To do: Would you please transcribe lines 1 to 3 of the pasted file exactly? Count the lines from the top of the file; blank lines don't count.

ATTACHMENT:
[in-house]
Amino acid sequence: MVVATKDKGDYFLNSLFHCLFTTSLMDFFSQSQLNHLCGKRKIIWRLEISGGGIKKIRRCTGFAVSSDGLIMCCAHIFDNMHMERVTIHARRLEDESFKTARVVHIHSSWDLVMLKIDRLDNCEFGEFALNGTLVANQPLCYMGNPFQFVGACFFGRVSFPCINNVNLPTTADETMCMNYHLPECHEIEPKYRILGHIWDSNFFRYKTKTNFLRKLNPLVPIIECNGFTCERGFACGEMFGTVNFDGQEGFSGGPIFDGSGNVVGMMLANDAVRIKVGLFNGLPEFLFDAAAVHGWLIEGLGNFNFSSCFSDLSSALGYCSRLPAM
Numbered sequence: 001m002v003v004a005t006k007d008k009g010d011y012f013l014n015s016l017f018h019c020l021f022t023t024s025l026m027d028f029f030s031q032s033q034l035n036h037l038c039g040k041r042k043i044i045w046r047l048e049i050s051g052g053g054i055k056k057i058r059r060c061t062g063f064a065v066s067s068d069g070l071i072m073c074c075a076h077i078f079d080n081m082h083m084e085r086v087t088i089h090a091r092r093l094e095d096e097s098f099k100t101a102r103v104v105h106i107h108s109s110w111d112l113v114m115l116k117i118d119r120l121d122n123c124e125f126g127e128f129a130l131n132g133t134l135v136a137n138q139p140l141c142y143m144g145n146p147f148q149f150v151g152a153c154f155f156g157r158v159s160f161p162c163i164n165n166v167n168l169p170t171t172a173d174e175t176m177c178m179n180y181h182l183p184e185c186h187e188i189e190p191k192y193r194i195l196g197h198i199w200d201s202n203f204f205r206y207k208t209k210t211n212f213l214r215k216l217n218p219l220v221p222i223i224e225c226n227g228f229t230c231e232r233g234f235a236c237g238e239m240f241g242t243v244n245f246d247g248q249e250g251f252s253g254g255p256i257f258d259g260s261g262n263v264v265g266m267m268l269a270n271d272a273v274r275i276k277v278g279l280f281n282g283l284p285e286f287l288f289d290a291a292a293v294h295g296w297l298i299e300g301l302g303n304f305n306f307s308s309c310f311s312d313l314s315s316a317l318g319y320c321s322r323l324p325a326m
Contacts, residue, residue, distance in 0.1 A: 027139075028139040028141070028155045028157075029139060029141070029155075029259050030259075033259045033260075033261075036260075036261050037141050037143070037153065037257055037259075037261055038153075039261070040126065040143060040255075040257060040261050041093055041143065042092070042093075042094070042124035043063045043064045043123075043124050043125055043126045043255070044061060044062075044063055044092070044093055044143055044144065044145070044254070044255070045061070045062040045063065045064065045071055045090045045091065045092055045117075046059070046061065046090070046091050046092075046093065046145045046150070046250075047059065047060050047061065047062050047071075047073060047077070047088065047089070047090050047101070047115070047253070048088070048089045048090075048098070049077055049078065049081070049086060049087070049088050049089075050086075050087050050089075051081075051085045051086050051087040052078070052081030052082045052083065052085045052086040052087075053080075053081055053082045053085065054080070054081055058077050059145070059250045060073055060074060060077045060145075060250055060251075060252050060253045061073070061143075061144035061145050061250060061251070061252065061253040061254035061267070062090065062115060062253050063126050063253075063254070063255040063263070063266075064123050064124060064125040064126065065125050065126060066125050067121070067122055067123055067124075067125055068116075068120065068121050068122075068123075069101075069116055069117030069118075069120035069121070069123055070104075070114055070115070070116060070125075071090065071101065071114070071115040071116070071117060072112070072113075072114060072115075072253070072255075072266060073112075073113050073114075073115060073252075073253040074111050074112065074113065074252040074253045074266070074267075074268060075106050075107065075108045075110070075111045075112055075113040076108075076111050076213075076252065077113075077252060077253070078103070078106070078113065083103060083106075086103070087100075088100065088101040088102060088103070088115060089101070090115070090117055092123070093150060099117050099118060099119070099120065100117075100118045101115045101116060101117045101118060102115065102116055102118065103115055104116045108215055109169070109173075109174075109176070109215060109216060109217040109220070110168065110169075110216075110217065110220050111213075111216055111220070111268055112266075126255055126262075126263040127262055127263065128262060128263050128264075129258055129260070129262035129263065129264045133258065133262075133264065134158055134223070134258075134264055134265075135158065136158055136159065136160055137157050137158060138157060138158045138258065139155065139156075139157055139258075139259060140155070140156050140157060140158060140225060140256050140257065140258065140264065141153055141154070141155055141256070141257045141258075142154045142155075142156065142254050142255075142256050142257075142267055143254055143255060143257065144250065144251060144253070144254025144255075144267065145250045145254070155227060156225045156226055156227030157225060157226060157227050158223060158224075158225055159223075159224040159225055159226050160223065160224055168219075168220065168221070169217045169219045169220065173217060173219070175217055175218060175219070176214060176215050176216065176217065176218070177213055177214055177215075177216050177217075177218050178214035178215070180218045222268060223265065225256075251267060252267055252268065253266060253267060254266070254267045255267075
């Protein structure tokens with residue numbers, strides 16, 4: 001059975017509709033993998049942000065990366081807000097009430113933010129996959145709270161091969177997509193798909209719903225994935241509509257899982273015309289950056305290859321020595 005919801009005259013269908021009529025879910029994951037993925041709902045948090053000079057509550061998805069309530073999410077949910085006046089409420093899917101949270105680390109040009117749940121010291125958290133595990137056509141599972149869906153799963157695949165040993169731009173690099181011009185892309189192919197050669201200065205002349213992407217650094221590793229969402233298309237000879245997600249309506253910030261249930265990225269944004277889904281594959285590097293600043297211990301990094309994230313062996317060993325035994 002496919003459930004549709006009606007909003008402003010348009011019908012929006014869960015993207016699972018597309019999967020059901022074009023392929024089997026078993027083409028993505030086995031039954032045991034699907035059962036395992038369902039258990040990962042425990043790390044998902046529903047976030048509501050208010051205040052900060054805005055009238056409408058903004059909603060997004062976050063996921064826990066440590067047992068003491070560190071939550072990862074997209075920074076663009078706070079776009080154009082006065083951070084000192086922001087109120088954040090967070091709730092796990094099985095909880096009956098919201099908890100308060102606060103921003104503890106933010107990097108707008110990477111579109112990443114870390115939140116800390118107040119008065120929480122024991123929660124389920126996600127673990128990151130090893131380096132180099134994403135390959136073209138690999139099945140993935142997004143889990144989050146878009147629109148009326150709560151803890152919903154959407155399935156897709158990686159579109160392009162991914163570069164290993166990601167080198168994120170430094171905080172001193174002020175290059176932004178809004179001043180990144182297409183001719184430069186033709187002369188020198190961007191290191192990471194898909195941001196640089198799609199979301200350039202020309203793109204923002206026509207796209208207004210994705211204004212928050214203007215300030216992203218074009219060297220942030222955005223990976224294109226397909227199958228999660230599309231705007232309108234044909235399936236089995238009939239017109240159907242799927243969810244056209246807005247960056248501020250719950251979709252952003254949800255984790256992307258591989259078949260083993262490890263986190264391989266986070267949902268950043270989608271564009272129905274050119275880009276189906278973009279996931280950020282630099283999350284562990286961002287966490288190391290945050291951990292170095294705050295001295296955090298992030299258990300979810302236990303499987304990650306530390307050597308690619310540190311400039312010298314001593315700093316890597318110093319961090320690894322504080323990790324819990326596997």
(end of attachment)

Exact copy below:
[in-house]
Amino acid sequence: MVVATKDKGDYFLNSLFHCLFTTSLMDFFSQSQLNHLCGKRKIIWRLEISGGGIKKIRRCTGFAVSSDGLIMCCAHIFDNMHMERVTIHARRLEDESFKTARVVHIHSSWDLVMLKIDRLDNCEFGEFALNGTLVANQPLCYMGNPFQFVGACFFGRVSFPCINNVNLPTTADETMCMNYHLPECHEIEPKYRILGHIWDSNFFRYKTKTNFLRKLNPLVPIIECNGFTCERGFACGEMFGTVNFDGQEGFSGGPIFDGSGNVVGMMLANDAVRIKVGLFNGLPEFLFDAAAVHGWLIEGLGNFNFSSCFSDLSSALGYCSRLPAM
Numbered sequence: 001m002v003v004a005t006k007d008k009g010d011y012f013l014n015s016l017f018h019c020l021f022t023t024s025l026m027d028f029f030s031q032s033q034l035n036h037l038c039g040k041r042k043i044i045w046r047l048e049i050s051g052g053g054i055k056k057i058r059r060c061t062g063f064a065v066s067s068d069g070l071i072m073c074c075a076h077i078f079d080n081m082h083m084e085r086v087t088i089h090a091r092r093l094e095d096e097s098f099k100t101a102r103v104v105h106i107h108s109s110w111d112l113v114m115l116k117i118d119r120l121d122n123c124e125f126g127e128f129a130l131n132g133t134l135v136a137n138q139p140l141c142y143m144g145n146p147f148q149f150v151g152a153c154f155f156g157r158v159s160f161p162c163i164n165n166v167n168l169p170t171t172a173d174e175t176m177c178m179n180y181h182l183p184e185c186h187e188i189e190p191k192y193r194i195l196g197h198i199w200d201s202n203f204f205r206y207k208t209k210t211n212f213l214r215k216l217n218p219l220v221p222i223i224e225c226n227g228f229t230c231e232r233g234f235a236c237g238e239m240f241g242t243v244n245f246d247g248q249e250g251f252s253g254g255p256i257f258d259g260s261g262n263v264v265g266m267m268l269a270n271d272a273v274r275i276k277v278g279l280f281n282g283l284p285e286f287l288f289d290a291a292a293v294h295g296w297l298i299e300g301l302g303n304f305n306f307s308s309c310f311s312d313l314s315s316a317l318g319y320c321s322r323l324p325a326m